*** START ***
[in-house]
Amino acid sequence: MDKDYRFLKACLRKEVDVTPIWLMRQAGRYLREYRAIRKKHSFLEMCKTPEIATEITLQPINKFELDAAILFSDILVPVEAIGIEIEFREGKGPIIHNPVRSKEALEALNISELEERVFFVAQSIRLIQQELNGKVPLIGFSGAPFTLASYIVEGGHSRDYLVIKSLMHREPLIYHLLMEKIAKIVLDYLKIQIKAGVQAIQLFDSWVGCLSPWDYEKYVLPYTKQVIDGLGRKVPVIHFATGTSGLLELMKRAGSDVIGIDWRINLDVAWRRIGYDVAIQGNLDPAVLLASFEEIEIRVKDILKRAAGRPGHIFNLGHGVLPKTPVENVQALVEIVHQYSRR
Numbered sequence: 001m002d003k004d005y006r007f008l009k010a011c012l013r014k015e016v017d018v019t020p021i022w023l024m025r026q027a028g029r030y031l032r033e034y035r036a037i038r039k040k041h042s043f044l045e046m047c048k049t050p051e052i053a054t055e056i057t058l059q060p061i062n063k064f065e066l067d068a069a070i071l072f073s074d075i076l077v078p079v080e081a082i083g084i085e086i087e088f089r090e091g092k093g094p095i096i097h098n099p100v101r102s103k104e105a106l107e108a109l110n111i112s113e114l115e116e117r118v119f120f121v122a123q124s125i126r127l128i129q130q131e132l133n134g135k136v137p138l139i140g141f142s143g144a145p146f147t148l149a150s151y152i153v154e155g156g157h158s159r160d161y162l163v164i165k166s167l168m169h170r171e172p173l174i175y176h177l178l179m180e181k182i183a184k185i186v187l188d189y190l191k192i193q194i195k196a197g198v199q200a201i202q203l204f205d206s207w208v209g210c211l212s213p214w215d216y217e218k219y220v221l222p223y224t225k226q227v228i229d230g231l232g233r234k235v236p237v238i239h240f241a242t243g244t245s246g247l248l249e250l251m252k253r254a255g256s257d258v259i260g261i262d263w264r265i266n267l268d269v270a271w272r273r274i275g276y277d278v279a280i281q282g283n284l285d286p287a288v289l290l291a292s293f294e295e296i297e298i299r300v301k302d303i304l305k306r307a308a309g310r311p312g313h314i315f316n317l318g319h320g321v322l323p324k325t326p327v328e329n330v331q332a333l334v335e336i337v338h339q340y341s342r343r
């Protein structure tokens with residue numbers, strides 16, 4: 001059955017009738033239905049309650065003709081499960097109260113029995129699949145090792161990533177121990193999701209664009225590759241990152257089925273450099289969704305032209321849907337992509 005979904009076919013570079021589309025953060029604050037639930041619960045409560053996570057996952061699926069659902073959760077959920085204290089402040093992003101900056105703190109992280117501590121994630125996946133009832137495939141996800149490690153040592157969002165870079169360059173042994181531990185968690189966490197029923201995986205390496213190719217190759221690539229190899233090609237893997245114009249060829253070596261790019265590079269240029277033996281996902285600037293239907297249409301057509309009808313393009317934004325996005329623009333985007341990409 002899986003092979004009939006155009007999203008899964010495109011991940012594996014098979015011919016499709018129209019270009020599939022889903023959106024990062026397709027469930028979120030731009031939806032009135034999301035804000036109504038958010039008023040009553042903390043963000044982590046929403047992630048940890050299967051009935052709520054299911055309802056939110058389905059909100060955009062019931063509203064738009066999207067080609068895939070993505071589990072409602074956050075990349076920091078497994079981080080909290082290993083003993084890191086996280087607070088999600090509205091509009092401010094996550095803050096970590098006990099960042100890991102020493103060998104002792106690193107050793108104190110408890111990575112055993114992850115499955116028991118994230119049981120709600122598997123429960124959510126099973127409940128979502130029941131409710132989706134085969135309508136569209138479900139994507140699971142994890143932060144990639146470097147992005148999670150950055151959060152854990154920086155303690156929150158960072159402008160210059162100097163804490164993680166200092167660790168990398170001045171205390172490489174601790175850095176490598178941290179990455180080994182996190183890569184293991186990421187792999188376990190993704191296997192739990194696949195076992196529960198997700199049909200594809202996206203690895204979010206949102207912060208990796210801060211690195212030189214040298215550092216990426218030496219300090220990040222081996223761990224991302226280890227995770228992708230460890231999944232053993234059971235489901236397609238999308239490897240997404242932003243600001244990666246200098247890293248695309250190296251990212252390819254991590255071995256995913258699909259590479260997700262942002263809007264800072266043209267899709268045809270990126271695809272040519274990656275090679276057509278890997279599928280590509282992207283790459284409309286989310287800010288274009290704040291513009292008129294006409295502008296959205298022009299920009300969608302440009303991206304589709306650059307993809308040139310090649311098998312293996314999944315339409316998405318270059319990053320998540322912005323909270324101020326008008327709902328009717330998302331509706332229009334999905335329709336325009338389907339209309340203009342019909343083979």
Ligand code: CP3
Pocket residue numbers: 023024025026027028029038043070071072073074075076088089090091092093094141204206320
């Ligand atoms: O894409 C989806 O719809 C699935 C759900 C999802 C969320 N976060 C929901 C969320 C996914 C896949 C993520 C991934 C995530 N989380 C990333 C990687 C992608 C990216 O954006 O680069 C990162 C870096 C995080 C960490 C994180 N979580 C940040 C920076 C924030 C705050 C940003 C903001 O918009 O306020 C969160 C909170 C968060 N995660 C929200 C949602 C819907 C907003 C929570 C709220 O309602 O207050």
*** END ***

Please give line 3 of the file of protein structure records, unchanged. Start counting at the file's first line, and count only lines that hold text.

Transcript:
Numbered sequence: 001m002d003k004d005y006r007f008l009k010a011c012l013r014k015e016v017d018v019t020p021i022w023l024m025r026q027a028g029r030y031l032r033e034y035r036a037i038r039k040k041h042s043f044l045e046m047c048k049t050p051e052i053a054t055e056i057t058l059q060p061i062n063k064f065e066l067d068a069a070i071l072f073s074d075i076l077v078p079v080e081a082i083g084i085e086i087e088f089r090e091g092k093g094p095i096i097h098n099p100v101r102s103k104e105a106l107e108a109l110n111i112s113e114l115e116e117r118v119f120f121v122a123q124s125i126r127l128i129q130q131e132l133n134g135k136v137p138l139i140g141f142s143g144a145p146f147t148l149a150s151y152i153v154e155g156g157h158s159r160d161y162l163v164i165k166s167l168m169h170r171e172p173l174i175y176h177l178l179m180e181k182i183a184k185i186v187l188d189y190l191k192i193q194i195k196a197g198v199q200a201i202q203l204f205d206s207w208v209g210c211l212s213p214w215d216y217e218k219y220v221l222p223y224t225k226q227v228i229d230g231l232g233r234k235v236p237v238i239h240f241a242t243g244t245s246g247l248l249e250l251m252k253r254a255g256s257d258v259i260g261i262d263w264r265i266n267l268d269v270a271w272r273r274i275g276y277d278v279a280i281q282g283n284l285d286p287a288v289l290l291a292s293f294e295e296i297e298i299r300v301k302d303i304l305k306r307a308a309g310r311p312g313h314i315f316n317l318g319h320g321v322l323p324k325t326p327v328e329n330v331q332a333l334v335e336i337v338h339q340y341s342r343r